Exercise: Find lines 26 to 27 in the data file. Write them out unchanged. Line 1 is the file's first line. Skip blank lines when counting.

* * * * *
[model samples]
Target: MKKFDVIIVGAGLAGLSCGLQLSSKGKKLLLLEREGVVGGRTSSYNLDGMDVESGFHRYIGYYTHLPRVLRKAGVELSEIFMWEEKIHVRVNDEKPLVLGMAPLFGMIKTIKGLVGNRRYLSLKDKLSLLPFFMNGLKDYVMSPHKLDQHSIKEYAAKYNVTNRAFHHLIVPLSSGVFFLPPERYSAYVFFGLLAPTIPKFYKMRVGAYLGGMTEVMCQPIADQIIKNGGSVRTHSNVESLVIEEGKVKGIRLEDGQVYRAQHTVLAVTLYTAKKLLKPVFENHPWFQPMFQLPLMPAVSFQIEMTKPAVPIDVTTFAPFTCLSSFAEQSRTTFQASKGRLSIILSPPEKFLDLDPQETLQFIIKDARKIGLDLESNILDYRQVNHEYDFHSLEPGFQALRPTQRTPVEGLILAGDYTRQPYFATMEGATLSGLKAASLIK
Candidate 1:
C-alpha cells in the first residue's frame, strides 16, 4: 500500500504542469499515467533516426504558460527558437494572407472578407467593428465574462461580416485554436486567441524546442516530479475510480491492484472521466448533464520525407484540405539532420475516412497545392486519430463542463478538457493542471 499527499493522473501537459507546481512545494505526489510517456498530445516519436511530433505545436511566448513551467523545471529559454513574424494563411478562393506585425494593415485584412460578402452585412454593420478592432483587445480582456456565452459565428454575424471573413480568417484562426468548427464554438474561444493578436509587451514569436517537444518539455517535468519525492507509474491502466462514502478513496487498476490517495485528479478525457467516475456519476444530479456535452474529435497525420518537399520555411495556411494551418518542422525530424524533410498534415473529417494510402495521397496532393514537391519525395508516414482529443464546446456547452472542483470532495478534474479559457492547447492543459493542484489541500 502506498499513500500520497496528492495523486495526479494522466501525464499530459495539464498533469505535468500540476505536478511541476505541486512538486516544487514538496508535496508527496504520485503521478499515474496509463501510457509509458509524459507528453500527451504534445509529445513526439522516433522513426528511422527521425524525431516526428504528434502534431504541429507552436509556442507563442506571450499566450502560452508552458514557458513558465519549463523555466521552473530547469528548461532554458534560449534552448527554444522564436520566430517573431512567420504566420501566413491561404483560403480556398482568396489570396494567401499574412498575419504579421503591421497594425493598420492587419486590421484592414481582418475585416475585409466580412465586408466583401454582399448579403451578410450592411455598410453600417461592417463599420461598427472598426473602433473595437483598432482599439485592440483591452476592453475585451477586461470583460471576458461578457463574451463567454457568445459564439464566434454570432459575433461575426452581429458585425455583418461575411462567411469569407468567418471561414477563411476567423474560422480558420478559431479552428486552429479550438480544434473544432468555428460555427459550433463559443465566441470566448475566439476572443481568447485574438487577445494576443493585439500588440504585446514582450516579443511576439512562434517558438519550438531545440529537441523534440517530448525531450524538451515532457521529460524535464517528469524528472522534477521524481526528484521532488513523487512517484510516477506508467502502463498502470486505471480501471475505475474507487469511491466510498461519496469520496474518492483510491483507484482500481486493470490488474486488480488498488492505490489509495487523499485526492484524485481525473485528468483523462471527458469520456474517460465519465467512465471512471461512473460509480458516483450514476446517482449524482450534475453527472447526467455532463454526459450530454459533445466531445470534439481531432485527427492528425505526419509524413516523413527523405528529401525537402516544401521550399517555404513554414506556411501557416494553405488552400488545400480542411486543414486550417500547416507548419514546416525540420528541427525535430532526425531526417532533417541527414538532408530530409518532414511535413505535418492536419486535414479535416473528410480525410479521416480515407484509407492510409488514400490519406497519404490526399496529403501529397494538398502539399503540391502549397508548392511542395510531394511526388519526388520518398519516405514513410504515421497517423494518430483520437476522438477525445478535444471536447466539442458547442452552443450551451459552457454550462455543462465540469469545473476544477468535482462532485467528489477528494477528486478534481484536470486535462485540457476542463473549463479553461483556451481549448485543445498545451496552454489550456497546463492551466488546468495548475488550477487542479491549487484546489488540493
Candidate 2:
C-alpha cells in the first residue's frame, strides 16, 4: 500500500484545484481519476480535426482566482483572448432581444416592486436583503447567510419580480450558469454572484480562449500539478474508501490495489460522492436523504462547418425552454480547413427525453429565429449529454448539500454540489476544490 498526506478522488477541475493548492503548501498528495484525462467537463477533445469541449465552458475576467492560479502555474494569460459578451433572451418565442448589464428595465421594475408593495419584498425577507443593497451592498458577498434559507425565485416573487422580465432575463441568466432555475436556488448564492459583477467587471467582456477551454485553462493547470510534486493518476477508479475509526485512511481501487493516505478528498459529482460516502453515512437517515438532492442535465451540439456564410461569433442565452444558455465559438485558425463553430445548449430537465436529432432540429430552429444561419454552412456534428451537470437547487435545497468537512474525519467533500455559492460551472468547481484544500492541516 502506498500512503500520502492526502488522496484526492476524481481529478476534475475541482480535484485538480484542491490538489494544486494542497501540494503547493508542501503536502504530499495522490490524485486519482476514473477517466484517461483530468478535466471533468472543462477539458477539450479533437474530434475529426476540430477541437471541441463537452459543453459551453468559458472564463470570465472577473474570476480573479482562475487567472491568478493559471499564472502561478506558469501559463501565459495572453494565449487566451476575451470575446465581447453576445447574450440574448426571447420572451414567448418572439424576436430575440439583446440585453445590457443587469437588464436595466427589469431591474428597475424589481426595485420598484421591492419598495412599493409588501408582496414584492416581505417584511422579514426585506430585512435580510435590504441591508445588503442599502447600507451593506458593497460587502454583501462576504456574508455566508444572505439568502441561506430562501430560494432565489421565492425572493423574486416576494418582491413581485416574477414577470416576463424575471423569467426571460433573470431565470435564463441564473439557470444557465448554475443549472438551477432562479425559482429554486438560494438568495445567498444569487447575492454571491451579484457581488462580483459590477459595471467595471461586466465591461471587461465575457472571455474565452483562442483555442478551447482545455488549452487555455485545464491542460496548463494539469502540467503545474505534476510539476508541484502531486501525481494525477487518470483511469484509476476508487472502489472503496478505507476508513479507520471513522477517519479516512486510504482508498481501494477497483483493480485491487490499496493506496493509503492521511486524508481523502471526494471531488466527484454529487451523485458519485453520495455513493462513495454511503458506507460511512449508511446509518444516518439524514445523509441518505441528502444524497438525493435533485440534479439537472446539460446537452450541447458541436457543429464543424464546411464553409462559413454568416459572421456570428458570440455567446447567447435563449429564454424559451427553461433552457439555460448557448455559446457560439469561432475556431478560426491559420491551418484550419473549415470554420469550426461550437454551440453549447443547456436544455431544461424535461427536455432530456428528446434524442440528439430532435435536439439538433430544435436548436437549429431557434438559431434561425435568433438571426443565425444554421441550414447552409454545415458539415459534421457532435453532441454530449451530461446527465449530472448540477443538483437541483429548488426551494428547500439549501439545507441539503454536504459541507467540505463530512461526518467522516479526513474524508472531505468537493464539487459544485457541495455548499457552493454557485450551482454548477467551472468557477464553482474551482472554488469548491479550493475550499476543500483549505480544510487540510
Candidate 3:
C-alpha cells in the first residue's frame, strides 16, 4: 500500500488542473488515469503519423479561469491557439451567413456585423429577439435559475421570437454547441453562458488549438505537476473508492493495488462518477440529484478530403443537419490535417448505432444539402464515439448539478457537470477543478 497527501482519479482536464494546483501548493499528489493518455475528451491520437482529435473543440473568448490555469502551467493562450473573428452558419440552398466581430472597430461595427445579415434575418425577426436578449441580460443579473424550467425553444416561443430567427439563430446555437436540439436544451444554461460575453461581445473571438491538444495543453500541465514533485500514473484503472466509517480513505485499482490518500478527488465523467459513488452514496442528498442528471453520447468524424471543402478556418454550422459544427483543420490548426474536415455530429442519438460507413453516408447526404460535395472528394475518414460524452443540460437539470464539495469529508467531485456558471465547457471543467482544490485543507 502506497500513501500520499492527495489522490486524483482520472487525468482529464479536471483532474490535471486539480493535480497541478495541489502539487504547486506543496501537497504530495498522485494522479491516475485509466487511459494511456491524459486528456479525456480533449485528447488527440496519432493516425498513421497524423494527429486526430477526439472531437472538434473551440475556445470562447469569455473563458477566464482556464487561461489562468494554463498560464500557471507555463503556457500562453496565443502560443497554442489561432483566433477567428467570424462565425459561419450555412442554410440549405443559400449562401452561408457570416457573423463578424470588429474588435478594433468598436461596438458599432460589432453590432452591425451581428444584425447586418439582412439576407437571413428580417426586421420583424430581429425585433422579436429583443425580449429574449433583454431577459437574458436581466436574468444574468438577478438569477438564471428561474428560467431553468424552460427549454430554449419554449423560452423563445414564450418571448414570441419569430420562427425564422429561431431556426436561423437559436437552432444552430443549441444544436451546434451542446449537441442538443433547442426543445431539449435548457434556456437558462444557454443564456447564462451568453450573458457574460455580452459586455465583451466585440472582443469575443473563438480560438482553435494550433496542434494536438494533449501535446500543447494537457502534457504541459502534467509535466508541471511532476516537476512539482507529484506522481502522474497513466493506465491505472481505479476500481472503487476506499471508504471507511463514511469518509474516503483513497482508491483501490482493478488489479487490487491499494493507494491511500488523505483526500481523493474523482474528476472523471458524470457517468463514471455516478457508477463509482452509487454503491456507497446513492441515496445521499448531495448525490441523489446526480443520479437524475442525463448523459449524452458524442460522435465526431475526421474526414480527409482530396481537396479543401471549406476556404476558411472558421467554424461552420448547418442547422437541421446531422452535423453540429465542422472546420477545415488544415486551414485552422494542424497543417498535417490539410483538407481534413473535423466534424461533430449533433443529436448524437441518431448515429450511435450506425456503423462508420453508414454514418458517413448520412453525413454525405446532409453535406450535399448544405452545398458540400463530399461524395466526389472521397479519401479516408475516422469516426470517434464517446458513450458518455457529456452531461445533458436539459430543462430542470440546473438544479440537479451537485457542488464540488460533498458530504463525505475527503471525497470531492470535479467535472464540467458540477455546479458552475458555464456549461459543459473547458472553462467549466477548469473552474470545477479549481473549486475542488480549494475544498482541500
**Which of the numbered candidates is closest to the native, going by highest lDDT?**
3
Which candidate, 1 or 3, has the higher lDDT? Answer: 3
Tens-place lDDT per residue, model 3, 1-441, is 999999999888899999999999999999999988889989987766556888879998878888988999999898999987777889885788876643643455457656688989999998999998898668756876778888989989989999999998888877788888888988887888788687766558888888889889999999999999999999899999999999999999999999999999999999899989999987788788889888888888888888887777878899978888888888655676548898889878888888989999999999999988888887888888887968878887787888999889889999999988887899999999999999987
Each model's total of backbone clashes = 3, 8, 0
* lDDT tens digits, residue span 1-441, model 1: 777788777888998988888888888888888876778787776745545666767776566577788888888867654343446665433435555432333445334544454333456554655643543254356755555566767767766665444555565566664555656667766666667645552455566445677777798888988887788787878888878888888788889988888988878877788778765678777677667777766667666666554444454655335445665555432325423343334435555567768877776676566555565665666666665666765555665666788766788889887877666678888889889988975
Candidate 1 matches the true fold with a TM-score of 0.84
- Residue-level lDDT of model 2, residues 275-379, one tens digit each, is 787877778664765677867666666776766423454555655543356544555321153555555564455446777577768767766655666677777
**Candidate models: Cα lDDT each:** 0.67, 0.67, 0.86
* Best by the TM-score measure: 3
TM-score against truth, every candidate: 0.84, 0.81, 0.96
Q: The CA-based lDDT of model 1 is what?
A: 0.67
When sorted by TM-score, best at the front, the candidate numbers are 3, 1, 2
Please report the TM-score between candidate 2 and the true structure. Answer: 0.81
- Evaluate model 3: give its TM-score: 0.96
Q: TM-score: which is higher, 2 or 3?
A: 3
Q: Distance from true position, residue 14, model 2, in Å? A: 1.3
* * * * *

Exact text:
A: 3
Q: Distance from true position, residue 14, model 2, in Å? A: 1.3